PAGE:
They can be contracted through any sexual contact including oral, vaginal, and anal sex, and not only are they very common, but they’re also on the rise. In fact, nearly 20 million new STIs occur every year in the U.S., according to the Centers for Disease Control and Prevention. The best way to know about STDs is to go to the doctor and get a full STD panel. All STDs are treatable and most are curable and while HIV, herpes, and HPV cannot be cured the great treatments to manage them so that the life can regular.
ICYMI, the graphic photo features a metallic, blue-tinted vagina that looks, for lack of a better word, infected. While the image turned out to be the result of some apt photo shop skills, many folks mistakenly think all the signs of STDs in women are that obvious. The most common symptom of a sexually transmitted infection is no symptoms at all. Interestingly enough, in the medical community, infections are only called diseases when they cause symptoms. Even without symptoms, letting an STI go undiagnosed and untreated can result in some serious consequences.
The Most Common Symptoms and Signs of STDs
Even though ‘no symptoms’ is the most common sign of STDs in women and men, sometimes there are more obvious symptoms. Some of them might be surprise.
1. You’re leaking funky discharge.
If the discharge is fishy, stinky or funky, to consult with healthcare provider is a must. It could be a sign of trichomoniasis, gonorrhea, or chlamydia but once diagnosed, all three can be easily treated with antibiotics.
2. Peeing is painful.
When it burns/stings/hurts, painful urination is usually caused by a urinary tract infection, and not an STD. That’s one of a few reasons that shouldn’t self-diagnose a UTI. The plan of action is to get the cute butt over to the doc, and have them run an STD panel and test for a UTI.
3. You spy bumps, spots, or lesions.
Sometimes herpes, HPV, and syphilis can cause visible bumps/spots/lesions to appear on and around goods. During a herpes outbreak, typically painful vesicles or blister-like sores will appear in the affected regions. But if someone is infected by a strain of HPV that causes genital warts, it’ll look more like white-ish bumps. Syphilis can also create sores which are medically known as “chancres”. A chancre is the site where the syphilis infection enters the body and is an open, round sore that is usually somewhat firm. Unlike herpes or genital warts, these are typically pretty painless, but they are still very contagious.
4. Sex is more “ouch” than “oh yeah.”
Sex isn’t supposed to be painful. There are many potential reasons sex might be painful and, yep, a lingering STD is one of them. Gonorrhea, chlamydia, syphilis, trichomoniasis, herpes, and genital warts can sometimes result in painful sex or painful penetration.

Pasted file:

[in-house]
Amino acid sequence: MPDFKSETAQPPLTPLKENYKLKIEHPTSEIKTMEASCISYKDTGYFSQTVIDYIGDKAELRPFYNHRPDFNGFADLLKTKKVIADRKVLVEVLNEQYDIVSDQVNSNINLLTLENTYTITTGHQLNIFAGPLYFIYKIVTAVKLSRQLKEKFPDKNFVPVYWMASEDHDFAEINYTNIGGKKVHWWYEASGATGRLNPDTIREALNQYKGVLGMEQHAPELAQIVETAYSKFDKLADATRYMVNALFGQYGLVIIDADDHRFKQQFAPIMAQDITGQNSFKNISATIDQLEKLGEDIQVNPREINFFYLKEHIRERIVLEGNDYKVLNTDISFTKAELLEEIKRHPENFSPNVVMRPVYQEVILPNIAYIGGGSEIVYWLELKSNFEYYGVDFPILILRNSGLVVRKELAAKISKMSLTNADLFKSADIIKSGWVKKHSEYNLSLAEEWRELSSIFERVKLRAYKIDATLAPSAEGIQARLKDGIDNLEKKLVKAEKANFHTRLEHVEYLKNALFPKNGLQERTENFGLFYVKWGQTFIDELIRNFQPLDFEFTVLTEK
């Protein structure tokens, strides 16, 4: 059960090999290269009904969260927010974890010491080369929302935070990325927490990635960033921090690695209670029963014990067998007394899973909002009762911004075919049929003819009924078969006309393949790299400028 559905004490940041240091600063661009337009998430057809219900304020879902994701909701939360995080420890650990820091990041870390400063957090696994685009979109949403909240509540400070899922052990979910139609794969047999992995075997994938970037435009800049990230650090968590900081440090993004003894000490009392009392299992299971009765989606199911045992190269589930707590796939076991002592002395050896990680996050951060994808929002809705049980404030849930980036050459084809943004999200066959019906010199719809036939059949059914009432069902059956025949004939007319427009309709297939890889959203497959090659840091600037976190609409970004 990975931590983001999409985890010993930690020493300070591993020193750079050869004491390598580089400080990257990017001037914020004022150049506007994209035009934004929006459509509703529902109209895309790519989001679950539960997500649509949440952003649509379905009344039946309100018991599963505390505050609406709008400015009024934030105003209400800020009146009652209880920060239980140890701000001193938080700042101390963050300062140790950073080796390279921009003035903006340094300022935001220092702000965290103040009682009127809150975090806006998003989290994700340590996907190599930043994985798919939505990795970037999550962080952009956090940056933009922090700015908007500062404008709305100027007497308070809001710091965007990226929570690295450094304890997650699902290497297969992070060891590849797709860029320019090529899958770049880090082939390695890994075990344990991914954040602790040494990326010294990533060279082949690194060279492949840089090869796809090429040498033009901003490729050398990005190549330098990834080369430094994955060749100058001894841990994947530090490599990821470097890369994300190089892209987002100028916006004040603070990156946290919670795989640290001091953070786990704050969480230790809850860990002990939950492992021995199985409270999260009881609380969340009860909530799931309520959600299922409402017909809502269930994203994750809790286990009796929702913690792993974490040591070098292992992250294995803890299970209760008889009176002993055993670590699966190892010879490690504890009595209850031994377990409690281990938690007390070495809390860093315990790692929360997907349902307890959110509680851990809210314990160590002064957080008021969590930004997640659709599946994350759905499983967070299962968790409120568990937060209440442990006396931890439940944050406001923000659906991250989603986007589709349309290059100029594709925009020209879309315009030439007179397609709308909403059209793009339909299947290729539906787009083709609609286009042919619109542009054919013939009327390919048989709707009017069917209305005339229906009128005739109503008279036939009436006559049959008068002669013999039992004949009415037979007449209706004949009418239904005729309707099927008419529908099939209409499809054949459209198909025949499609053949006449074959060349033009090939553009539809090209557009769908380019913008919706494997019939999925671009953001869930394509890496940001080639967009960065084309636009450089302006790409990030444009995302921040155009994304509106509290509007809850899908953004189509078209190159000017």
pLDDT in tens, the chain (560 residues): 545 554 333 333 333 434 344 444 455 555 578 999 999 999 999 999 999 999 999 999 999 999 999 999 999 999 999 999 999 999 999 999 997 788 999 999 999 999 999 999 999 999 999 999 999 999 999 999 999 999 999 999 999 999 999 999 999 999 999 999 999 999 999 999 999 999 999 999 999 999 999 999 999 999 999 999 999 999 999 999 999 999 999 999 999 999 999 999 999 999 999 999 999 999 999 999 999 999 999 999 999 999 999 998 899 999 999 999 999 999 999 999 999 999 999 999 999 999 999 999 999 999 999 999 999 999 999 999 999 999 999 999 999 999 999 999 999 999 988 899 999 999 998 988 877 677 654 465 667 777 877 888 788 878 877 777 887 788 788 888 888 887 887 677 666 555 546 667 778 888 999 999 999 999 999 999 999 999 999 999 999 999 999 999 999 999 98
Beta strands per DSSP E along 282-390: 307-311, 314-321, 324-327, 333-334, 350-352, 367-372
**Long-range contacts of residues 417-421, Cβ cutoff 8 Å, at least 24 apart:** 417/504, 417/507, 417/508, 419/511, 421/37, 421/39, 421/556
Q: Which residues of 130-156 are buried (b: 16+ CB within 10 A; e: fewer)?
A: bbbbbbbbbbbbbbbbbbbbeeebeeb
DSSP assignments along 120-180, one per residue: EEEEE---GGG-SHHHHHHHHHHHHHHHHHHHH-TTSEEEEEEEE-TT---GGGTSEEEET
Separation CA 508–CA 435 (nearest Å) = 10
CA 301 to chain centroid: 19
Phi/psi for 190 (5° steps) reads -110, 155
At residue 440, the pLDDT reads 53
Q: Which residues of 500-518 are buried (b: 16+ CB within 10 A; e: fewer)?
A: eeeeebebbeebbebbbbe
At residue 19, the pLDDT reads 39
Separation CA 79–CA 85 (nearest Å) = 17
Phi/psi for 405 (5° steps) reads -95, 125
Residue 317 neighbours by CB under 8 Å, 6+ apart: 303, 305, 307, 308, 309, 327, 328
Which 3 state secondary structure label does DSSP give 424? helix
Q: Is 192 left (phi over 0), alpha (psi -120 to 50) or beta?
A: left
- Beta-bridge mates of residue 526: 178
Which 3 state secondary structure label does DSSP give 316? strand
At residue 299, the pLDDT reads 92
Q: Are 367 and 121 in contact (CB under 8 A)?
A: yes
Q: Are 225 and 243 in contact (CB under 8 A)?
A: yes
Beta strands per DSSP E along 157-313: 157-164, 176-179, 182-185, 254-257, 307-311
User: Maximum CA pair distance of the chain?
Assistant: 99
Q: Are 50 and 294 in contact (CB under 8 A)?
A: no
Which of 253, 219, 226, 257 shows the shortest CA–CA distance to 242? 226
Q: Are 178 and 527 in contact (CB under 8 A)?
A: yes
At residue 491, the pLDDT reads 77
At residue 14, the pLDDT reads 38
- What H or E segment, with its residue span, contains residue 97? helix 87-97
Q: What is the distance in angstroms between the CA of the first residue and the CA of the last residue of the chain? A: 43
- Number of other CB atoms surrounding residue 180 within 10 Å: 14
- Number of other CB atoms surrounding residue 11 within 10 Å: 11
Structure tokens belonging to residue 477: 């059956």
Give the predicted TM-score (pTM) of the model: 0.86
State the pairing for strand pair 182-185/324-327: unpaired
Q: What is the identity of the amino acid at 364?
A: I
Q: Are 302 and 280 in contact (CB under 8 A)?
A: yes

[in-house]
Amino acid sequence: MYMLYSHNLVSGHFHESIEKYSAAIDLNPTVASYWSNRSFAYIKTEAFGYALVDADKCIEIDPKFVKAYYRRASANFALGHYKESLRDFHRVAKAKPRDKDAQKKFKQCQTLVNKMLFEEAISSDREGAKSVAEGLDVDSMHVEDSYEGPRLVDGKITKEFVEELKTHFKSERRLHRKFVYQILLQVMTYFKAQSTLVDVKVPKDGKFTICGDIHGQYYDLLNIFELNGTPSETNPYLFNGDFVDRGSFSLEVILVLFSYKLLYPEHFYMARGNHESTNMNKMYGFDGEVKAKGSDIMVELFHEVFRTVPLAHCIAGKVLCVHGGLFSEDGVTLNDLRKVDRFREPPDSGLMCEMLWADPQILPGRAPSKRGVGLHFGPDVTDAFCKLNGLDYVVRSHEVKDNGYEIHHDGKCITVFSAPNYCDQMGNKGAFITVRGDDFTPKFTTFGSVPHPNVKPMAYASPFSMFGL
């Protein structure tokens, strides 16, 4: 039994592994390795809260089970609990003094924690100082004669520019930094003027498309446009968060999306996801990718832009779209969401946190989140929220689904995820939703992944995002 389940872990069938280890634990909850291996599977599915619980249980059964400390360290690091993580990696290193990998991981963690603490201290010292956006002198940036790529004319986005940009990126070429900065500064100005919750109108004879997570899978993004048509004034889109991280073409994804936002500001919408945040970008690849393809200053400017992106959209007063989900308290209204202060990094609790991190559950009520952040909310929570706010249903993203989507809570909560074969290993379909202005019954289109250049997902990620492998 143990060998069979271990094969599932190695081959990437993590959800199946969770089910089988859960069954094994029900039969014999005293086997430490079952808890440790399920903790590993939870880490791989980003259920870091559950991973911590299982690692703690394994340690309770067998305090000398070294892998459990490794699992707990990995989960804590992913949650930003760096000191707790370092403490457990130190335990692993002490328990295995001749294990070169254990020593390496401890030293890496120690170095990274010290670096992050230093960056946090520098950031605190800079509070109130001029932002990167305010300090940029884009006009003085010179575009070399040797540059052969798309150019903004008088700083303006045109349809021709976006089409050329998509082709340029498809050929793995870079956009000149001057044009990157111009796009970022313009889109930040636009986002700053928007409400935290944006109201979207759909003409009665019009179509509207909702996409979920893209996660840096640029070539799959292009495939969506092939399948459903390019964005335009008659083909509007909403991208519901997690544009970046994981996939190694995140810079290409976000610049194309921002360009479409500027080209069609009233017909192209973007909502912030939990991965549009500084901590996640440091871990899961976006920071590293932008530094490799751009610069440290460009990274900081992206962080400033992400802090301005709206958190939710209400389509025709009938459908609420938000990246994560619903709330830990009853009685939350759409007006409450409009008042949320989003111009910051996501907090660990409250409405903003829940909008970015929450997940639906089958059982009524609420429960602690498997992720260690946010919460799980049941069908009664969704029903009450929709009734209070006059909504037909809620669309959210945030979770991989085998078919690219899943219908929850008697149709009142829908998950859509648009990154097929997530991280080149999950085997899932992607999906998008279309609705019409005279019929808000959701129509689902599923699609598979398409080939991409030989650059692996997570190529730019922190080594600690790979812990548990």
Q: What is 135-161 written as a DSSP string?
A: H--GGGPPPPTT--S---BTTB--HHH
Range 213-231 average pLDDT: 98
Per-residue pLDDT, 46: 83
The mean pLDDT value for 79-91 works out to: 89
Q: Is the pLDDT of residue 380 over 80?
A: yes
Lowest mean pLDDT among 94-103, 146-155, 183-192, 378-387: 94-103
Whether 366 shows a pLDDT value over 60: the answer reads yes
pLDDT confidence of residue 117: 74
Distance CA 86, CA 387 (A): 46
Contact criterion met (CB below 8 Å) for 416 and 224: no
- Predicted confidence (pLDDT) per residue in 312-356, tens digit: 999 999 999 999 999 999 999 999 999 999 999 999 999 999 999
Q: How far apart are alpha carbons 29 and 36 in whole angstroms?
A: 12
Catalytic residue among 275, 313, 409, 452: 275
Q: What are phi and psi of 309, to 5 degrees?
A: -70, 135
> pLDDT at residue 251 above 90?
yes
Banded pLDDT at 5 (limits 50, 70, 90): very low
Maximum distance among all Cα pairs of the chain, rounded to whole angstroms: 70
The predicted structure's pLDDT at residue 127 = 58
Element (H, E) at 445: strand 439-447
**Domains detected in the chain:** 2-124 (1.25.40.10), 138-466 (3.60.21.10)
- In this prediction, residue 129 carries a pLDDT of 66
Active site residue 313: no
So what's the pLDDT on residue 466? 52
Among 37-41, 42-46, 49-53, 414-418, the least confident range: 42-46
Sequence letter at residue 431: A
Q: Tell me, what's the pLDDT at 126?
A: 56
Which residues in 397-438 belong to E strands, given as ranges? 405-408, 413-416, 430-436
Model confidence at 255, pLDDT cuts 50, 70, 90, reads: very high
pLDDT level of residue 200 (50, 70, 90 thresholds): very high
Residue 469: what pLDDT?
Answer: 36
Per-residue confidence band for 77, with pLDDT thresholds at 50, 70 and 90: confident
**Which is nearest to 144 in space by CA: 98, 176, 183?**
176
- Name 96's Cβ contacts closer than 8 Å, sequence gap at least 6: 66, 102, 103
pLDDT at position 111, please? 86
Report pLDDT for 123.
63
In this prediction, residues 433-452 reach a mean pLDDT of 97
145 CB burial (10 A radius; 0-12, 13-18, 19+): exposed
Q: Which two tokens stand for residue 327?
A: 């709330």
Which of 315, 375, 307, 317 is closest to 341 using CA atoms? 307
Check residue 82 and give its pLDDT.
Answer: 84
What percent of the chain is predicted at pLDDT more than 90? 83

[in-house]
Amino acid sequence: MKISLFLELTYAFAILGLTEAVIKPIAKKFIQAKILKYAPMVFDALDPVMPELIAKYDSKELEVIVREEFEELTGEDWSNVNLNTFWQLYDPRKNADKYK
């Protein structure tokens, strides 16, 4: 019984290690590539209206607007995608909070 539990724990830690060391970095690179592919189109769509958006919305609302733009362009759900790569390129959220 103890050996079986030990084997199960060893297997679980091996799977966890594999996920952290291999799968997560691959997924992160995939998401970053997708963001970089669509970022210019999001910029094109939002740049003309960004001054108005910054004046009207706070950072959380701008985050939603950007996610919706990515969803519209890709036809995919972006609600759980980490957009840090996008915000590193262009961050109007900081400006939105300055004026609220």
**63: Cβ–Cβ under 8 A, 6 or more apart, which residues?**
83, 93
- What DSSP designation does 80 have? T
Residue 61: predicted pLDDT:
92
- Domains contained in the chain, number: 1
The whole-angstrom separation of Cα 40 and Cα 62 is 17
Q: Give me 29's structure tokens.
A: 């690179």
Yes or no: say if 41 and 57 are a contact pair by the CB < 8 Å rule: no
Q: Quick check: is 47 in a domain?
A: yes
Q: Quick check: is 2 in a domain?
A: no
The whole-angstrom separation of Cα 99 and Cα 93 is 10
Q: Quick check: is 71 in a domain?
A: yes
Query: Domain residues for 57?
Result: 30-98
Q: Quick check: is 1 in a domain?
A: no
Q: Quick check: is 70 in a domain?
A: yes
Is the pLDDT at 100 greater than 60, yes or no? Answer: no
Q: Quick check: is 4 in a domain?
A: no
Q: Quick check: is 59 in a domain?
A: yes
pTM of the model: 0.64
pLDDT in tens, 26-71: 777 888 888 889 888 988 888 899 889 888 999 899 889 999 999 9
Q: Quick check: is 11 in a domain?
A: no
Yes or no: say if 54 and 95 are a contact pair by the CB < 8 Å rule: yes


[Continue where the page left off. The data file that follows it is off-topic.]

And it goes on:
5. Your bits are itchy.
Trichomoniasis, a common STD caused by a parasite, may cause itching near the genitals. Having an itchy hoo-ha is pretty damn uncomfy, so get it checked out.
6. Your lymph nodes are swollen.
They’re located around the pubic mound and if they feel swollen might have an STI or other vaginal infection. Lymph nodes drain the genital area and become enlarged if there are any signs of infection. This includes bacterial vaginosis, UTIs, and yeast infections too.
7. You feel like you have the flu.
Fever and other flu-like symptoms are classic for an initial outbreak of herpes and chlamydia. A flu-like fatigue can accompany other STDs, including gonorrhea, syphilis, HIV, and Hepatitis B as well. Because advanced stages of HIV can make immune compromised (which affects multiple organ systems), and hepatitis B can affect the liver (and lead to cirrhosis or liver cancer), getting tested for STDs when it feel like the flu is occurred.
When to Get Tested
It’s important to get tested by healthcare provider immediately as that’s the only way to actually know whether or not positive for an STD, and can get treated and/or manage the symptoms. The benefit of going to a doctor is that if the symptoms aren’t caused by an STD, they can investigate what else they may be caused by. Regardless of whether not there are symptoms, the test after every new sex partner and/or every sixth months is must.
What If I Have an STI?
So a test came back positive it will help to come up with a game plan. Likely, this will include treatment, a conversation with partner(s) so they know to get tested/treated too, and pressing pause on hookups until the infection is gone or any doctor gives the green light. Unfortunately, STDs carry a lot of shame and stigma around them. The reality is, they’re just like any other infection you could catch from someone else. And just like the flu, there are ways to minimize the risk of picking up the/an infection, but there is no shame in getting one.